Line the pie dough with pie weight (like dried beans or rice) to prevent it from forming air bubbles or air pockets in the oven. Pre-bake the pie for about 15-18 minutes.
The pie crust will be not fully cooked at this point. It will finish cooking with the custard filling the second time around in the oven.
Par-baking ensures that the bottom of the pie crust will not be soggy.
Whipping Egg Whites
It is important to use a clean bowl, free from any debris or traces of fat. Traces of butter, oil, or yolk will prevent the egg whites from whipping efficiently.
Room temperature egg whites will whip faster than cold egg whites.
Ensuring Silky Pie Filling
If you notice that the egg yolks are lumpy or stringy, strain egg yolk mixture before folding in the whipped egg whites.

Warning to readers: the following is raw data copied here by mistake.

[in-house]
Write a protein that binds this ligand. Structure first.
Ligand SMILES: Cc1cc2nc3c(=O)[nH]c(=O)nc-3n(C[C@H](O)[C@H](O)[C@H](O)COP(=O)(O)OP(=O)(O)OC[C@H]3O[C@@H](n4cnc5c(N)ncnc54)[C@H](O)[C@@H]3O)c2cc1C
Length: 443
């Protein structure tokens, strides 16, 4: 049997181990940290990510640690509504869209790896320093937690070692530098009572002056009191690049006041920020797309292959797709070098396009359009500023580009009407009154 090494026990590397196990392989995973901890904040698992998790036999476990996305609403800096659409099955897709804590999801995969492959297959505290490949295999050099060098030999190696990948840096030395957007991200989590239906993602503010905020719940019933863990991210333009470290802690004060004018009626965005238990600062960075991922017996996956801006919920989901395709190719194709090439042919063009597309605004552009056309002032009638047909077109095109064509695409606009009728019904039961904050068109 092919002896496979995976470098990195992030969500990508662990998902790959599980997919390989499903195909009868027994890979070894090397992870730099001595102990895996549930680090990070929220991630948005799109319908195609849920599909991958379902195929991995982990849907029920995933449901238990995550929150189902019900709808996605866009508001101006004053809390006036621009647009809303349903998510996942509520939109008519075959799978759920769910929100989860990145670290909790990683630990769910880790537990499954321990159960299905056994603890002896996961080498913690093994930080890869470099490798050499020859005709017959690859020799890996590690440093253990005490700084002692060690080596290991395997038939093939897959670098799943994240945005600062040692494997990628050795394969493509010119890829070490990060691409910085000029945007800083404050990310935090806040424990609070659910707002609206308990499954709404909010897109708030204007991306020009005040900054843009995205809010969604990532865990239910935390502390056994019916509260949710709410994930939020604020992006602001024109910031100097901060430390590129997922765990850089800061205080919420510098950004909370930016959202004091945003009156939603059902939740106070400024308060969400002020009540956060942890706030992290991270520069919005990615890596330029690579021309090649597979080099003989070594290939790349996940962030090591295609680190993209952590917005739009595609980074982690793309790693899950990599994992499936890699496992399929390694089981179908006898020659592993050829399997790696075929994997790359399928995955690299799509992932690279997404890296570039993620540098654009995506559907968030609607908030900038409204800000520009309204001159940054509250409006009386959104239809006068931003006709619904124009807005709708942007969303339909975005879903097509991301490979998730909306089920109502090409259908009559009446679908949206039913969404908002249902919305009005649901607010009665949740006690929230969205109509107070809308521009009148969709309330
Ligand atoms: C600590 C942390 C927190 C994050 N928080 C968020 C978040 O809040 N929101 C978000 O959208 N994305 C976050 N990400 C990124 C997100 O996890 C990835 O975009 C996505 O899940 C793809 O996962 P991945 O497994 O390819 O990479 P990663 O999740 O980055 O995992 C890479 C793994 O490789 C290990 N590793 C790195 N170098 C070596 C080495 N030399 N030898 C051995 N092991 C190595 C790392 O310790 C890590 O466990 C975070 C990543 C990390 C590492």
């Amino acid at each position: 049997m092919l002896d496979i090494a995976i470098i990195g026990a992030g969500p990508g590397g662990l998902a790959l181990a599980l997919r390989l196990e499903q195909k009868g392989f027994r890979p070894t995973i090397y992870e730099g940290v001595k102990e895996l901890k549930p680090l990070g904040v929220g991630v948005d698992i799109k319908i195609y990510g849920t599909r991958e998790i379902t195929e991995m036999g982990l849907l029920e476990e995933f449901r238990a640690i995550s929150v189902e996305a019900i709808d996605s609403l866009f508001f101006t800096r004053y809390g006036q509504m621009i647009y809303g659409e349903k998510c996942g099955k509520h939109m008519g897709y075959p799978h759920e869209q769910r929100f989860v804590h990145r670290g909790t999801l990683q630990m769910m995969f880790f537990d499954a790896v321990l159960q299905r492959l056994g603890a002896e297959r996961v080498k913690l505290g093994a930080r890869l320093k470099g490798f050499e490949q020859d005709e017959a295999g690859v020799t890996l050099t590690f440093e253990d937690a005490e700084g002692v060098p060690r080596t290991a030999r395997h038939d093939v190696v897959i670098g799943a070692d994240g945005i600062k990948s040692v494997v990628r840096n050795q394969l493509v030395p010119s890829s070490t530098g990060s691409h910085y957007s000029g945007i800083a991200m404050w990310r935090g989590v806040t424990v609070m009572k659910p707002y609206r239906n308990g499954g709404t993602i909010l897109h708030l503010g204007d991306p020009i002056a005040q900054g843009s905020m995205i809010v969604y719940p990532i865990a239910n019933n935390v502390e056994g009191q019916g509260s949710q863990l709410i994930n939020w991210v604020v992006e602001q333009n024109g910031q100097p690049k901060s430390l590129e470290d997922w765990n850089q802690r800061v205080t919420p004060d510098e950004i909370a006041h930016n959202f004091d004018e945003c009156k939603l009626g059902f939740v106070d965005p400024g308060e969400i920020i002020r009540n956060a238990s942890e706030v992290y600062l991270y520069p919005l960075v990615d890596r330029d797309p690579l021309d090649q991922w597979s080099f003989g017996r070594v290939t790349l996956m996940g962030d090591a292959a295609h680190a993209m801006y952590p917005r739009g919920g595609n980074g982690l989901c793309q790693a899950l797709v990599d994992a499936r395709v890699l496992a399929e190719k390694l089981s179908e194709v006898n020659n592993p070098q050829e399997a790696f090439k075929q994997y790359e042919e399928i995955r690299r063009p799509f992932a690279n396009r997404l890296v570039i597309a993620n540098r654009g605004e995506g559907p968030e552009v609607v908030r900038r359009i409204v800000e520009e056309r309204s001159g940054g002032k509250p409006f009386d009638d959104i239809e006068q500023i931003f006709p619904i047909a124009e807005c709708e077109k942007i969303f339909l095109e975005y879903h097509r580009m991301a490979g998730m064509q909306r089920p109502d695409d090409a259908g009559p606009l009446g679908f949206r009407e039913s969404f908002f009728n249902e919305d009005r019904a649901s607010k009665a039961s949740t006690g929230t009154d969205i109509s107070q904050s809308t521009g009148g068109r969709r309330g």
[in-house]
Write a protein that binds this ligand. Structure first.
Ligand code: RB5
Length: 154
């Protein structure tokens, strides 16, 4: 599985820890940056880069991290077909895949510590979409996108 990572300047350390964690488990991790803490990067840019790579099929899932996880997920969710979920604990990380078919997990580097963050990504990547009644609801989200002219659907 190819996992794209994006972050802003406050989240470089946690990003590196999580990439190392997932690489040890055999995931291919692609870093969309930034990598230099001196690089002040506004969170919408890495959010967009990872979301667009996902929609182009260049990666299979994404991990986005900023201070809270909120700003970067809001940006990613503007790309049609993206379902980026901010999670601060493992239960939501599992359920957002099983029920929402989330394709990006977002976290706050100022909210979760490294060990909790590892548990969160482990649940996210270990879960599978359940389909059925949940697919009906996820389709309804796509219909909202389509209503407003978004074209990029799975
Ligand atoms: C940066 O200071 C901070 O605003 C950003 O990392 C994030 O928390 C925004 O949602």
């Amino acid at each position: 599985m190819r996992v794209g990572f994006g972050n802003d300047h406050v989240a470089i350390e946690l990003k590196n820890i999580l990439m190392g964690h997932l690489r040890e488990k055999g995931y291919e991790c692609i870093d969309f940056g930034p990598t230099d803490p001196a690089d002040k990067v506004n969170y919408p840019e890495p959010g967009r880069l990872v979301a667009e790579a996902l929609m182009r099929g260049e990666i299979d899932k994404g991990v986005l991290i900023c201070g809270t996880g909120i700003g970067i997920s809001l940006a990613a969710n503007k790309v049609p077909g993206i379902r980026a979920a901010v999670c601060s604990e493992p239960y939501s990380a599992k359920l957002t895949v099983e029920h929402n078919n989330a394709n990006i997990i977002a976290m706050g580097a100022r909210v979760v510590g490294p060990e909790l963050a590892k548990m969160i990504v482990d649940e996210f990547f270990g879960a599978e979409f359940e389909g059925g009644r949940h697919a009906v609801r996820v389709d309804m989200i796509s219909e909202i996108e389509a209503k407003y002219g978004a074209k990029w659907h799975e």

While I love the more popular Filipino desserts like leche flan and steamed rice treats (puto, sapin sapin, etc), Filipino egg pie was my absolute favorite as a child.
Nowadays, I rarely see this pie at Filipino parties. It makes me a little sad. The new generation of Filipino-Americans (my little nieces and nephews) have no idea what they’re missing. I want to bring egg pie back!
Interested in other Filipino desserts? Check out these favorites:
Filipino Egg Pie
Yield: 9-inch pie
- 1 1/2 cups (198 g) all-purpose flour
- 1/2 teaspoon fine sea salt
- 1 teaspoon granulated sugar
- 1/2 cup (4 oz/114g) unsalted butter, cut into tablespoons, cold
- 2-3 Tablespoons ice water
- 6 large egg yolks
- 3/4 cup sweetened condensed milk
- 1 cup evaporated milk
- 1/4 teaspoon vanilla extract
- 2 large egg whites
- optional: 1/2 teaspoon calamansi juice or 1/2 teaspoon calamansi zest